9. Of course the kid was the killer. That was obvious from the jump, but the show's never really about the Murder of the Week as much as it's about how the case affects Malcolm's teetering sanity. In this case, he was so busy seeing himself as the poor lost child in the kid that he missed all the other obvious stuff until he was rummaging around the backyard digging up dead rabbits. He clearly wanted to be that kid's Gil Arroyo. It's hard to imagine after everything this family has clearly been through in the last two decades how Ainsley thinks dredging up Daddy Dearest's extracurriculars after all this time is really going to help anyone, but I guess we're supposed to think she's so tunnel visioned with her "career" that she's not considering that at all. It makes sense that having no real memories of Martin because she was so young or no real exposure since that she's got questions she feels like only he can answer, but as she said herself, it hasn't escaped her notice that Mom and Malcolm do remember Martin and have had varying degrees of exposure to him in the intervening decades and they're both pretty far from okay. You'd think she might see that as a tipoff or warning. I mean, really, Ainsley? You feel like the people most affected by him may have painted a bad picture of him for you and the fact that he killed at least 23 known people doesn't have anything to do with that? I got a bigger kick out of the serial killers' support group than I probably should have. The group leader just seemed done with Martin's bullshit. You know he has to be just exhausting to deal with on anything resembling a regular basis.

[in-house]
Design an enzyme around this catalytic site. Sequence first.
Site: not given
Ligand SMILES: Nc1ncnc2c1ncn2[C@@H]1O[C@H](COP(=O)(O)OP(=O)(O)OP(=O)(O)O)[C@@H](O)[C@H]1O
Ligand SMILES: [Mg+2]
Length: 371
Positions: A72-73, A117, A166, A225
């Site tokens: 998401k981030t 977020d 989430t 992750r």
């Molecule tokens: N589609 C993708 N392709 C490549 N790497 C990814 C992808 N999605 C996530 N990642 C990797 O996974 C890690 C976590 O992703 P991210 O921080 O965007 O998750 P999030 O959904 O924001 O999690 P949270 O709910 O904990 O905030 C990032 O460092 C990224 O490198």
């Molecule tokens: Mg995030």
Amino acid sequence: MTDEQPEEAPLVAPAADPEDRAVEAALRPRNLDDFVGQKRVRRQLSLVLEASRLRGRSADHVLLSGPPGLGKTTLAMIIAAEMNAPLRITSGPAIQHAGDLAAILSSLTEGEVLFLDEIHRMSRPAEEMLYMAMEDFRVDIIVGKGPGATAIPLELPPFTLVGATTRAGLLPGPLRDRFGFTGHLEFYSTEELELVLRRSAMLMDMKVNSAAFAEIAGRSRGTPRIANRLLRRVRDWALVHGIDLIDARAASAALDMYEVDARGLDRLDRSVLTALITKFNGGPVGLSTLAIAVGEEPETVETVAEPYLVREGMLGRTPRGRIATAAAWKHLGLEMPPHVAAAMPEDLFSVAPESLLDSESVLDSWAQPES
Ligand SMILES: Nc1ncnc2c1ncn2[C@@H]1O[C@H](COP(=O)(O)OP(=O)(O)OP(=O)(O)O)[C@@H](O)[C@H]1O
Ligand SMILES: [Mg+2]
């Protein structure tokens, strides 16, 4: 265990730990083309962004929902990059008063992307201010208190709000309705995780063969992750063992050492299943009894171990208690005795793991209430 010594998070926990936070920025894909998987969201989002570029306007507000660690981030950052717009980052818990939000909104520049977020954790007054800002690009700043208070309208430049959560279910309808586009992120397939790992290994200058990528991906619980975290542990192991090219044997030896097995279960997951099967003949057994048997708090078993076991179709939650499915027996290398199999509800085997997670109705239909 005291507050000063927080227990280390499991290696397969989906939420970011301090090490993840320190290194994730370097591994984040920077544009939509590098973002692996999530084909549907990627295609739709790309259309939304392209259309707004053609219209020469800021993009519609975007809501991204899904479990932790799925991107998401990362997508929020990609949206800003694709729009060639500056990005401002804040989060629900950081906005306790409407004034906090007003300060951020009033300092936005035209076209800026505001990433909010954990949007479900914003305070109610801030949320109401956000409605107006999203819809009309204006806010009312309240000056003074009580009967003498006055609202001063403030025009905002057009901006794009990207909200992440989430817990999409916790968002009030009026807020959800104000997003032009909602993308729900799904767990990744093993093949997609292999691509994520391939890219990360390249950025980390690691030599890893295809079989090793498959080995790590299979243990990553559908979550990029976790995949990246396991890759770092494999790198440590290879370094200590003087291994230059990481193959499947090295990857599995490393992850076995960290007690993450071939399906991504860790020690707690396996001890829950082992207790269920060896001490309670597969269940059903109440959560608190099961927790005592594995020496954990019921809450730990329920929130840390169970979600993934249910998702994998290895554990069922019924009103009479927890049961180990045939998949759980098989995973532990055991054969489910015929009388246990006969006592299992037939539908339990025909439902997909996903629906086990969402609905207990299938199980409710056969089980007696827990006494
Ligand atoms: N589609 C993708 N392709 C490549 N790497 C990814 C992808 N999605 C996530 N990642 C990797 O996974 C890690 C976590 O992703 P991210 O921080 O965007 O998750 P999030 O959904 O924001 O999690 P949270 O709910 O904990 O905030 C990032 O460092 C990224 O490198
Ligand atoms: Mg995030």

10. So the previous episode ends with Ainsley meeting Martin for the first time and they just ... ignore that entire subplot in the followup episode? The Crime of the Week felt pretty convoluted, but I realize the show was aiming for fleshing out Dani Powell and I like the actress well enough even if her backstory also got harder and harder to follow, so whatever. Tom Payne was seriously going all rubber faced and bug eyed this episode to the point where all I could do was laugh. I get that insomnia seriously messes with your mind, but all this one was missing was Scooby-Doo ghosts chasing everyone through a funhouse. I felt for Jessica when she tried to throw a fundraiser and nobody came. It's a fair question as why the family en masse didn't all change their names or maybe consider relocating since money was obviously not an issue to avoid to whole ugly Whitly connotation. I don't know what to think of Eve yet or even what pairing with her we're supposed to be rooting for, but she was coming on pretty strong for a hostess who the desperation to be accepted was rolling off of in waves. Hopefully at least she's not a scammer, although I'm not even sure that would matter all that much to Jessica as long as she's nice to her.